Sainte Marye Virgine, Moder Jesu Christes Nazarene
The mediaeval period
The mediaeval period is generally considered as the time when the devotion to the Blessed Virgin Mary reached its climax in England.
Our Lady of Walsingham
During the Anglo-Saxon period before the Norman Conquest (1066) a noblewoman, the Lady Richeldis de Faverches, who lived in the manor of Walsingham, told people she had experienced a vision of the Blessed Virgin, in obedience to which she built a chapel. (1)
Gaef (1965:3) states that as the Middle Ages advanced, Walsingham became "the most important Marian centre of pilgrimage since the eleventh century".
But it was not the only Marian pilgrimage centre in England, asserts Litten (1994:1-2); there were many others besides - inter alia at Ipswich, Canterbury, Westminster, York, London, Doncaster, Glastonbury, Willesden, Islington, Caversham, Barking, Winchester, Thetford, Evesham, Egmanton and Pen Rhys "to name but a few".
Our Lady's Dowry
According to Litten, nowhere in Europe was Mary of Nazareth held in greater honour during the Middle Ages than in England:
indeed, England itself was regarded as 'Our Lady's Dowry',
such being the devotion held by the populace towards the
Mother of God.
Tweflth Century and St Bernard of Clairvaux
In the first quarter of the twelfth century, a movement to give more honour to God sprang up in England.
Its adherents praised God and lauded the Virgin Mary for providing the world with a Redeemer in the Person of the Lord Jesus Christ.
Christians had traditionally placed faith in Mary's love and mercy.
Now the belief in her powers of intercession with God took root.
Indeed, St Bernard of Clairvaux - who established the Cult of the Virgin Mary - expressed the principle of intercession: 'She will listen to thee, the Son will listen to her, the Father to him. And the natural appeal of this gentle yet powerful woman was such that her 'cult' spread throughout the Christian world. People referred to her as 'Our Lady', a name first recorded about 1175. The Ave Maria became common i the late twelfth century and some bishops - Grosseteste of Lincoln being one - insisted on all the faithful in their diocese being able to recite it.
Since literature was similarly affected by this upsurge in the veneration of the Virgin Mary, mediaeval times in England saw an unprecedented increase in Marian poetry.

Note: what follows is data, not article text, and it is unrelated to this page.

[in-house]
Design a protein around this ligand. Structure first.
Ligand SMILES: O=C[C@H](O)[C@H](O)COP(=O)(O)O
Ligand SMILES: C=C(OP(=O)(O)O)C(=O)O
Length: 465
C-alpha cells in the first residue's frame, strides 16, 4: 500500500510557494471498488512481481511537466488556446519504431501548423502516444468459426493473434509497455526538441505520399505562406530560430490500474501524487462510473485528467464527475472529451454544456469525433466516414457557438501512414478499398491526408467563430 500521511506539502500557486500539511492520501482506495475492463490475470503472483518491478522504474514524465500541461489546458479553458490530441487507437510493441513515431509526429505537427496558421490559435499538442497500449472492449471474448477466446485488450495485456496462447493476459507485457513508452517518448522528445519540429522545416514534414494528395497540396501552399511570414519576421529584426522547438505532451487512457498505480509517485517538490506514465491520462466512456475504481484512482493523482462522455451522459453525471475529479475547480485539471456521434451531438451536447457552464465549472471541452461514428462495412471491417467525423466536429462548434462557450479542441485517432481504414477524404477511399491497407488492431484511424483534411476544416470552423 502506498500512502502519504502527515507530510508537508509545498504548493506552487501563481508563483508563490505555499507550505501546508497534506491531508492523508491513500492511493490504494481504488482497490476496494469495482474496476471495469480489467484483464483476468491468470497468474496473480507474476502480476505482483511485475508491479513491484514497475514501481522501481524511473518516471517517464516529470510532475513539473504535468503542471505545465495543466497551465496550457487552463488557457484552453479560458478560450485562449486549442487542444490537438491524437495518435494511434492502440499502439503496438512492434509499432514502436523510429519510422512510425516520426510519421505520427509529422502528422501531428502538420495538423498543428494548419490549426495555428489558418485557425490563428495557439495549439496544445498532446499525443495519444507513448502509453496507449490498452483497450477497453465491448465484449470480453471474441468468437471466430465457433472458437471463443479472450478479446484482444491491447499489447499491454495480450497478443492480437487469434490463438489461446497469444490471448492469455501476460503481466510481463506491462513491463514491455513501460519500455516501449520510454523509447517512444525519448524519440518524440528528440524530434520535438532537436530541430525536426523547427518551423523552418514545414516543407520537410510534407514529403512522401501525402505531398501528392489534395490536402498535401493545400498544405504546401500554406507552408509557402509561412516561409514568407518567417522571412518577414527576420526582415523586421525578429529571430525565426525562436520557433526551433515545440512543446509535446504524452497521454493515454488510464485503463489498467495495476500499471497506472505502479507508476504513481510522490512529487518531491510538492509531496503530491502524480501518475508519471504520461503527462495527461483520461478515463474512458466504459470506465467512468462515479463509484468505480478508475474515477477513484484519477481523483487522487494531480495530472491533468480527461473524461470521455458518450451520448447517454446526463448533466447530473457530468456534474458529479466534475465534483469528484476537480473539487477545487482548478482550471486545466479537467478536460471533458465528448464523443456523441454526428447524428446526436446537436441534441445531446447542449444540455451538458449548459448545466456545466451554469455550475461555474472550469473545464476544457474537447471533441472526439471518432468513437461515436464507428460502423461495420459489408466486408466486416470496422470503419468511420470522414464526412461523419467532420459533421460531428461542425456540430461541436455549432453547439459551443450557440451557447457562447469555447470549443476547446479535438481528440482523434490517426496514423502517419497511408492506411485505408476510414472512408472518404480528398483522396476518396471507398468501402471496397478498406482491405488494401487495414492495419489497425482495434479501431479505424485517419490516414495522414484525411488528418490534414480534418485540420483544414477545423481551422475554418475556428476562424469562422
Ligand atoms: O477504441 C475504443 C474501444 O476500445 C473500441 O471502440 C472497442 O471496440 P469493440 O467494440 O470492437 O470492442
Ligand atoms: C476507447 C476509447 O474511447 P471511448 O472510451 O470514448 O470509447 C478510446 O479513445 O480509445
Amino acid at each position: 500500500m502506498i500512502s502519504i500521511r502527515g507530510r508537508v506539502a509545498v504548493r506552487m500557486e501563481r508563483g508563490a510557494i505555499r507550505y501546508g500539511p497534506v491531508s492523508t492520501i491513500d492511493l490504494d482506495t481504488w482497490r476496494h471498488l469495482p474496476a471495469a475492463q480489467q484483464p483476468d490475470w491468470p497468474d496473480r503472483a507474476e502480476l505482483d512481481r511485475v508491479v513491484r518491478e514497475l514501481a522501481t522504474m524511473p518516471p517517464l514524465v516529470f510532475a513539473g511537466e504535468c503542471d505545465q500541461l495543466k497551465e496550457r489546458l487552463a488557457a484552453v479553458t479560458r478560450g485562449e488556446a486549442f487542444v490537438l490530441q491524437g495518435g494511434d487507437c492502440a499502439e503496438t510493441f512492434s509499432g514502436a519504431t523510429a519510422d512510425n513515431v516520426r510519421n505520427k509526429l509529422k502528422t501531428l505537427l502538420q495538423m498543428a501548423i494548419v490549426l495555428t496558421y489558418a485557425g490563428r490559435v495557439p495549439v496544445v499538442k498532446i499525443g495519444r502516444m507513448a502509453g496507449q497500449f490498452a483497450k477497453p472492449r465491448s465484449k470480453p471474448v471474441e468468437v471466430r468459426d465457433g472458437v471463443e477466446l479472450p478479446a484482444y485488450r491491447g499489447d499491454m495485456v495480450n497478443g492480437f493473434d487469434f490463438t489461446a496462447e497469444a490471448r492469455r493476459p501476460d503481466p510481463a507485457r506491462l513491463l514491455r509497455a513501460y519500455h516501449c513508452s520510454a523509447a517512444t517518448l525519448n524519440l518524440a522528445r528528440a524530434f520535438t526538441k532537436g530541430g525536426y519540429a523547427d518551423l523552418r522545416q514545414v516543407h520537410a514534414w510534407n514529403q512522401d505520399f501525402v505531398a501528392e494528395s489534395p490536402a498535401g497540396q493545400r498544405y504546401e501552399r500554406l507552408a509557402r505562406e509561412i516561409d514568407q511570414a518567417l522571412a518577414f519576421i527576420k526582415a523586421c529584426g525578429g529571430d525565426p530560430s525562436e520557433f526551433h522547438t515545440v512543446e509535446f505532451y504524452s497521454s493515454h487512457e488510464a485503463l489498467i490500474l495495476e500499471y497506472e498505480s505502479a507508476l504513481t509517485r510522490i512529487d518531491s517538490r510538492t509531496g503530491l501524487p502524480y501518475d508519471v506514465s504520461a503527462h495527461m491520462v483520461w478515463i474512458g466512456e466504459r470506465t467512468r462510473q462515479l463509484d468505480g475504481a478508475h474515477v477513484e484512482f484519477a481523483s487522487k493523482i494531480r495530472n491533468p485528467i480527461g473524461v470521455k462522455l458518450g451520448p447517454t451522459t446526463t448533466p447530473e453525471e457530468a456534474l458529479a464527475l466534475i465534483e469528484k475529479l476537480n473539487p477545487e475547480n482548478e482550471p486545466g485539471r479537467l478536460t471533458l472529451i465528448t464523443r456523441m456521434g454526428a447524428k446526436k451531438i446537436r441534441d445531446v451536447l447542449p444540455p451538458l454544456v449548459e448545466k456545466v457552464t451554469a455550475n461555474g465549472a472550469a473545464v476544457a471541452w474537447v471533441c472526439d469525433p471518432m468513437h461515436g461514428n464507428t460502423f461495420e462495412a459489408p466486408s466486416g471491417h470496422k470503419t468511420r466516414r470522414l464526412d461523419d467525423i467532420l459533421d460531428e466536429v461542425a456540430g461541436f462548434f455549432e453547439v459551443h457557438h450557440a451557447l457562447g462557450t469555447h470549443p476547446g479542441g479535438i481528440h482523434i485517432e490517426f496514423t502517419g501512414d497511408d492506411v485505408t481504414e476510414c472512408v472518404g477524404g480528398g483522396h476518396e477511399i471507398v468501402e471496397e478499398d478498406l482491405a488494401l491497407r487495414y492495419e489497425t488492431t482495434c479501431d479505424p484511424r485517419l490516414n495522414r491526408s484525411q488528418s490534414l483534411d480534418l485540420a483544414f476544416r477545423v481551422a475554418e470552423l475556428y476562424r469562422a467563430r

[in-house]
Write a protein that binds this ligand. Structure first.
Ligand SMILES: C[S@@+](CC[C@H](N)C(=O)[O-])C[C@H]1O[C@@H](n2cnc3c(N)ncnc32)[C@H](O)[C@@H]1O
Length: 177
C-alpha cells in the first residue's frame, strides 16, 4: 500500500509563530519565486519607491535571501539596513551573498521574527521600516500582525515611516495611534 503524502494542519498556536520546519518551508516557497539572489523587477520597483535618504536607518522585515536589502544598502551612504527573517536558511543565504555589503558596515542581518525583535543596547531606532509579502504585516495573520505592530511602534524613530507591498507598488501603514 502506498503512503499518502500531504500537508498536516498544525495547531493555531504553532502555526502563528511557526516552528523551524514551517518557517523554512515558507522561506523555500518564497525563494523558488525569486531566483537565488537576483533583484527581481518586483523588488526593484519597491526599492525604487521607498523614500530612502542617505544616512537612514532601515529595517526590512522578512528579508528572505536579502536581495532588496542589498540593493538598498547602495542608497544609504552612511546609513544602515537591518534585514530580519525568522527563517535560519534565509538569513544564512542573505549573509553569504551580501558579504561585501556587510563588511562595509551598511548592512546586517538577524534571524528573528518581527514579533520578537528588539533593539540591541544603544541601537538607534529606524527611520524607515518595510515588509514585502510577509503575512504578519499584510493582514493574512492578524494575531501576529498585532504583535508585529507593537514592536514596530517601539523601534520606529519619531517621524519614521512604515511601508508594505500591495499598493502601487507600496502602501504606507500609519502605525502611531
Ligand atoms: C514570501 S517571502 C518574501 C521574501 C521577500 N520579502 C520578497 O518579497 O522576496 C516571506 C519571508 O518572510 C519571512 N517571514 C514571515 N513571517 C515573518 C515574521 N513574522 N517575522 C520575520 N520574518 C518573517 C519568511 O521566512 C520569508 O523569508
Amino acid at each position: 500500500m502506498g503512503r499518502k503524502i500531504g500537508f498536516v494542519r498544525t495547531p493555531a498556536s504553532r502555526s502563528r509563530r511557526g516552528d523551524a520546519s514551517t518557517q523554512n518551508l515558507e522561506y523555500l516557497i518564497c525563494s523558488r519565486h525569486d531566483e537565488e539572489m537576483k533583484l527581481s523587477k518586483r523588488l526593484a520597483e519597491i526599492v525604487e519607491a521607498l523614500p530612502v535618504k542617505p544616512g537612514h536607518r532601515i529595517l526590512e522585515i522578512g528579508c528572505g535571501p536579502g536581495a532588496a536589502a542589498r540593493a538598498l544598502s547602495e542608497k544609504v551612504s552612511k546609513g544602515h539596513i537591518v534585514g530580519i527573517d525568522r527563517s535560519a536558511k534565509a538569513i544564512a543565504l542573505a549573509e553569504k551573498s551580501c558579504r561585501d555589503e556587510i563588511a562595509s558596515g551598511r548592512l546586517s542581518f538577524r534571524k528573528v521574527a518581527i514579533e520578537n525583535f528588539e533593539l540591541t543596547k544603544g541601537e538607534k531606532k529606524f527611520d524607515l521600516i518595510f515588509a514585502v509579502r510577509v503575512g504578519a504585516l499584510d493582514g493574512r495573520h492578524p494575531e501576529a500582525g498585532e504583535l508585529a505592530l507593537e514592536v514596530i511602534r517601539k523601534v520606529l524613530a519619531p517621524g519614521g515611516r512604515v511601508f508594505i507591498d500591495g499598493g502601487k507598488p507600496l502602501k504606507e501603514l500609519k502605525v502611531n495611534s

Rosemary Woolf (1968:115) divides the corpus of mediaeval Marian verse into three separate types;
those praising Mary and begging her mercy (e.g. A Cry to Mary: Sainte Marye Virgine), (2)
the five-joy poems (e.g. A Song of the Five Joys: Haile be þu mari) (3) and the Virgin-Christ Child dialogues, which are mostly variations on translations based on the Latin hymn "Stabat Mater Dolorosa luxta crucem" [the sorrowful mother stood at the cross], (e.g. The Blessed Virgin to her Son on the Cross: A Sone! tak hede to me whas sone þu was) (4)
(1) The Lay of Walsingham
(2) St Godric
A Cry to Mary
Sainte Marye Virgine,
Moder Jesu Christes Nazarene,
Onfo, schild, help thin Godric,
Onfang, bring heyilich with thee in Godes Riche.
Sainte Marye, Christes bur, 5
Maidenes clenhad, moderes flur,
Dilie min sinne, rix in min mod,
Bring me to winne with the self God.
St Mary, the Virgin,
Mother of Jesus Christ of Nazareth,
Receive, defend and help your Godric,
(and) Having received (him), bring (him) on high with you in the Kingdom of God.
St Mary, chamber of Christ,
Virgin among maidens, flower of motherhood,
Blot out my sin, reign in my heart,
Bring me to bliss with that selfsame God.
(3) Hail be thou Mary maiden bright / Thou teach me the ways right
A Song of the Five Joys of the Virgin Mary, found in one MS of the Cursor Mundi (lines 25619-83) — 58 lines in stanzas of varying length
(4) A son take heed to me whose Son thou was